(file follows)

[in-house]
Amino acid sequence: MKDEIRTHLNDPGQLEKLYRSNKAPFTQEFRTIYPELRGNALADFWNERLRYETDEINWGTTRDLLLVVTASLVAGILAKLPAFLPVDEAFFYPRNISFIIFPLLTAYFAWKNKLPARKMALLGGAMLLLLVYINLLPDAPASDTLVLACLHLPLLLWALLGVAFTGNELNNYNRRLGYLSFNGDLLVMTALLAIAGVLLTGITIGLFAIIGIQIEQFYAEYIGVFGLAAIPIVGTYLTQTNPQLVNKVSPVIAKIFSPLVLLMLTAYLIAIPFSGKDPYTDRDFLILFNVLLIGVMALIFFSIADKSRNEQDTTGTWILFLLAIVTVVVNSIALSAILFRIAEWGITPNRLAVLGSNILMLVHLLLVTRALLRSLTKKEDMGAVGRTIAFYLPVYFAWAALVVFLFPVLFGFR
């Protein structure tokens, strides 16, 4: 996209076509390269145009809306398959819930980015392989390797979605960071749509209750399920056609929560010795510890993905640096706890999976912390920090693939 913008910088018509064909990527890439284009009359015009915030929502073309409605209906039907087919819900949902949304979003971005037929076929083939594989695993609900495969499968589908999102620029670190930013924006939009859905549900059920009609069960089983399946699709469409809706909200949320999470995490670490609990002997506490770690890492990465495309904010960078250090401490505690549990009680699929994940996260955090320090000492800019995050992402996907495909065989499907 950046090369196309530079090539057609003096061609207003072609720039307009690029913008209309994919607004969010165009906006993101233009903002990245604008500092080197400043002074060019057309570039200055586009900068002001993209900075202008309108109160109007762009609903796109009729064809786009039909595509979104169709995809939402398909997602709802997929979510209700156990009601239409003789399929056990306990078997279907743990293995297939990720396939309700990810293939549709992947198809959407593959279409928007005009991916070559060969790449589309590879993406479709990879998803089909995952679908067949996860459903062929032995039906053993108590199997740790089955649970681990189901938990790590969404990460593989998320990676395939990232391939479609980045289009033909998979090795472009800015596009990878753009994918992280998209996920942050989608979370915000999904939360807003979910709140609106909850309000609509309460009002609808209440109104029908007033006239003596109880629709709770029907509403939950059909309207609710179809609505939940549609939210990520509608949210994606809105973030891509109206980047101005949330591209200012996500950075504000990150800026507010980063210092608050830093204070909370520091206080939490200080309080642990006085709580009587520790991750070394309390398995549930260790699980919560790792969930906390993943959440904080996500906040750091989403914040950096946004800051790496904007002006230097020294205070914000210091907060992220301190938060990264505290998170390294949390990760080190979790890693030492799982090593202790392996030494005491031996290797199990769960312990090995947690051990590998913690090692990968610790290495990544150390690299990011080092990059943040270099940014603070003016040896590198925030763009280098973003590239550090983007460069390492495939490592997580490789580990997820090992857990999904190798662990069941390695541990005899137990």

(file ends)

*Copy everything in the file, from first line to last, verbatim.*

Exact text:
[in-house]
Amino acid sequence: MKDEIRTHLNDPGQLEKLYRSNKAPFTQEFRTIYPELRGNALADFWNERLRYETDEINWGTTRDLLLVVTASLVAGILAKLPAFLPVDEAFFYPRNISFIIFPLLTAYFAWKNKLPARKMALLGGAMLLLLVYINLLPDAPASDTLVLACLHLPLLLWALLGVAFTGNELNNYNRRLGYLSFNGDLLVMTALLAIAGVLLTGITIGLFAIIGIQIEQFYAEYIGVFGLAAIPIVGTYLTQTNPQLVNKVSPVIAKIFSPLVLLMLTAYLIAIPFSGKDPYTDRDFLILFNVLLIGVMALIFFSIADKSRNEQDTTGTWILFLLAIVTVVVNSIALSAILFRIAEWGITPNRLAVLGSNILMLVHLLLVTRALLRSLTKKEDMGAVGRTIAFYLPVYFAWAALVVFLFPVLFGFR
């Protein structure tokens, strides 16, 4: 996209076509390269145009809306398959819930980015392989390797979605960071749509209750399920056609929560010795510890993905640096706890999976912390920090693939 913008910088018509064909990527890439284009009359015009915030929502073309409605209906039907087919819900949902949304979003971005037929076929083939594989695993609900495969499968589908999102620029670190930013924006939009859905549900059920009609069960089983399946699709469409809706909200949320999470995490670490609990002997506490770690890492990465495309904010960078250090401490505690549990009680699929994940996260955090320090000492800019995050992402996907495909065989499907 950046090369196309530079090539057609003096061609207003072609720039307009690029913008209309994919607004969010165009906006993101233009903002990245604008500092080197400043002074060019057309570039200055586009900068002001993209900075202008309108109160109007762009609903796109009729064809786009039909595509979104169709995809939402398909997602709802997929979510209700156990009601239409003789399929056990306990078997279907743990293995297939990720396939309700990810293939549709992947198809959407593959279409928007005009991916070559060969790449589309590879993406479709990879998803089909995952679908067949996860459903062929032995039906053993108590199997740790089955649970681990189901938990790590969404990460593989998320990676395939990232391939479609980045289009033909998979090795472009800015596009990878753009994918992280998209996920942050989608979370915000999904939360807003979910709140609106909850309000609509309460009002609808209440109104029908007033006239003596109880629709709770029907509403939950059909309207609710179809609505939940549609939210990520509608949210994606809105973030891509109206980047101005949330591209200012996500950075504000990150800026507010980063210092608050830093204070909370520091206080939490200080309080642990006085709580009587520790991750070394309390398995549930260790699980919560790792969930906390993943959440904080996500906040750091989403914040950096946004800051790496904007002006230097020294205070914000210091907060992220301190938060990264505290998170390294949390990760080190979790890693030492799982090593202790392996030494005491031996290797199990769960312990090995947690051990590998913690090692990968610790290495990544150390690299990011080092990059943040270099940014603070003016040896590198925030763009280098973003590239550090983007460069390492495939490592997580490789580990997820090992857990999904190798662990069941390695541990005899137990």